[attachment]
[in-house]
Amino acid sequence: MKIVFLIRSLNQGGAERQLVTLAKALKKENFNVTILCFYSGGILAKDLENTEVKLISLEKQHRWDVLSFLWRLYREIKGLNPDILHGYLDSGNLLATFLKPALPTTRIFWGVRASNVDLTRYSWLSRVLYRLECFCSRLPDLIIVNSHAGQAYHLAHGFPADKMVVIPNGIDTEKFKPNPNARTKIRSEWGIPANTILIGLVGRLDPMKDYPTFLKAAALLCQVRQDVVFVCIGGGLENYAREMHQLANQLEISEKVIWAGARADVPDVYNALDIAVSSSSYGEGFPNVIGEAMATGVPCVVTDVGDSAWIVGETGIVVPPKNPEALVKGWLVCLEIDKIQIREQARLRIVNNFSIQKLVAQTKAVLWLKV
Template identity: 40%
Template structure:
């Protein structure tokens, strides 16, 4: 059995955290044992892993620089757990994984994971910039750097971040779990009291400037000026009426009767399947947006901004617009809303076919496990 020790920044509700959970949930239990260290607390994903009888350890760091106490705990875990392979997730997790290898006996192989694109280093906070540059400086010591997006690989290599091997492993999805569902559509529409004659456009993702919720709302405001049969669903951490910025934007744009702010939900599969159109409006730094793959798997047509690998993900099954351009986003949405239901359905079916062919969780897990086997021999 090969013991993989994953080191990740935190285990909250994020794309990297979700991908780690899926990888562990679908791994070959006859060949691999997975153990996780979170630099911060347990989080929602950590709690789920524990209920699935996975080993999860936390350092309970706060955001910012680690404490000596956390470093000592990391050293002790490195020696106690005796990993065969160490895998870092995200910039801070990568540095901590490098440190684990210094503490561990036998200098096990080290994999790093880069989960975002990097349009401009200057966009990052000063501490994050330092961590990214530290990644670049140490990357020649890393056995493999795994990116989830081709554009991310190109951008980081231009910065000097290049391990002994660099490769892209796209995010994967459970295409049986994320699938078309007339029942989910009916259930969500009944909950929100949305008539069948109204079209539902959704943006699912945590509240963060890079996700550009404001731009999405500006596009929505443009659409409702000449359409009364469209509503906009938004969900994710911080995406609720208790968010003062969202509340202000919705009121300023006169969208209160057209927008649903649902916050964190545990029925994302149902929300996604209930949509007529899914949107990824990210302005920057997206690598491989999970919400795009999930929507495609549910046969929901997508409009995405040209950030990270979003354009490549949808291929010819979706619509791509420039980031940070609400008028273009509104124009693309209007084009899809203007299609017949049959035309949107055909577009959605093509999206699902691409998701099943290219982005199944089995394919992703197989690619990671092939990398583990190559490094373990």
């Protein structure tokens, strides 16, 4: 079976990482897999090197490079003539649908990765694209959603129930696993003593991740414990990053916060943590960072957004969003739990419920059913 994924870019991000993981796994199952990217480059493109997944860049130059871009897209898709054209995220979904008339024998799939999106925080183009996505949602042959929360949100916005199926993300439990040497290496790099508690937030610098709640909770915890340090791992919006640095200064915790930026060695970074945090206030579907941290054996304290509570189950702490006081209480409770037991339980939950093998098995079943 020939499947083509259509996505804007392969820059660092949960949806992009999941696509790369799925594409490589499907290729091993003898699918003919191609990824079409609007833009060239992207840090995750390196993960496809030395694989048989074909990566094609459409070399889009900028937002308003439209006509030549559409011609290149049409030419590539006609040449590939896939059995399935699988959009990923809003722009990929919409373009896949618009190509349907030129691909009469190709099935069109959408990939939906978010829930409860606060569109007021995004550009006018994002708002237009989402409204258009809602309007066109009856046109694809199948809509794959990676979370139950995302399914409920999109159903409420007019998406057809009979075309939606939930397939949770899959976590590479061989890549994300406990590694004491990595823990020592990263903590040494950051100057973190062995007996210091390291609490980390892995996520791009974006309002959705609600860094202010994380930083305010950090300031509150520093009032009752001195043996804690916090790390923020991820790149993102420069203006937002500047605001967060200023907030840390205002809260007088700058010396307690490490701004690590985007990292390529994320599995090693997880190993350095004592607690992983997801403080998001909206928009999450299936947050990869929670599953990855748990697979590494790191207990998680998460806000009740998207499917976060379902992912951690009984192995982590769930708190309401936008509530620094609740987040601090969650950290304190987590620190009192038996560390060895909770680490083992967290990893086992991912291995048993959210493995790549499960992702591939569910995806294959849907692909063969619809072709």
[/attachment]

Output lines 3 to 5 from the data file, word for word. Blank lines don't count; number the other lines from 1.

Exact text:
Template identity: 40%
Template structure:
């Protein structure tokens, strides 16, 4: 059995955290044992892993620089757990994984994971910039750097971040779990009291400037000026009426009767399947947006901004617009809303076919496990 020790920044509700959970949930239990260290607390994903009888350890760091106490705990875990392979997730997790290898006996192989694109280093906070540059400086010591997006690989290599091997492993999805569902559509529409004659456009993702919720709302405001049969669903951490910025934007744009702010939900599969159109409006730094793959798997047509690998993900099954351009986003949405239901359905079916062919969780897990086997021999 090969013991993989994953080191990740935190285990909250994020794309990297979700991908780690899926990888562990679908791994070959006859060949691999997975153990996780979170630099911060347990989080929602950590709690789920524990209920699935996975080993999860936390350092309970706060955001910012680690404490000596956390470093000592990391050293002790490195020696106690005796990993065969160490895998870092995200910039801070990568540095901590490098440190684990210094503490561990036998200098096990080290994999790093880069989960975002990097349009401009200057966009990052000063501490994050330092961590990214530290990644670049140490990357020649890393056995493999795994990116989830081709554009991310190109951008980081231009910065000097290049391990002994660099490769892209796209995010994967459970295409049986994320699938078309007339029942989910009916259930969500009944909950929100949305008539069948109204079209539902959704943006699912945590509240963060890079996700550009404001731009999405500006596009929505443009659409409702000449359409009364469209509503906009938004969900994710911080995406609720208790968010003062969202509340202000919705009121300023006169969208209160057209927008649903649902916050964190545990029925994302149902929300996604209930949509007529899914949107990824990210302005920057997206690598491989999970919400795009999930929507495609549910046969929901997508409009995405040209950030990270979003354009490549949808291929010819979706619509791509420039980031940070609400008028273009509104124009693309209007084009899809203007299609017949049959035309949107055909577009959605093509999206699902691409998701099943290219982005199944089995394919992703197989690619990671092939990398583990190559490094373990």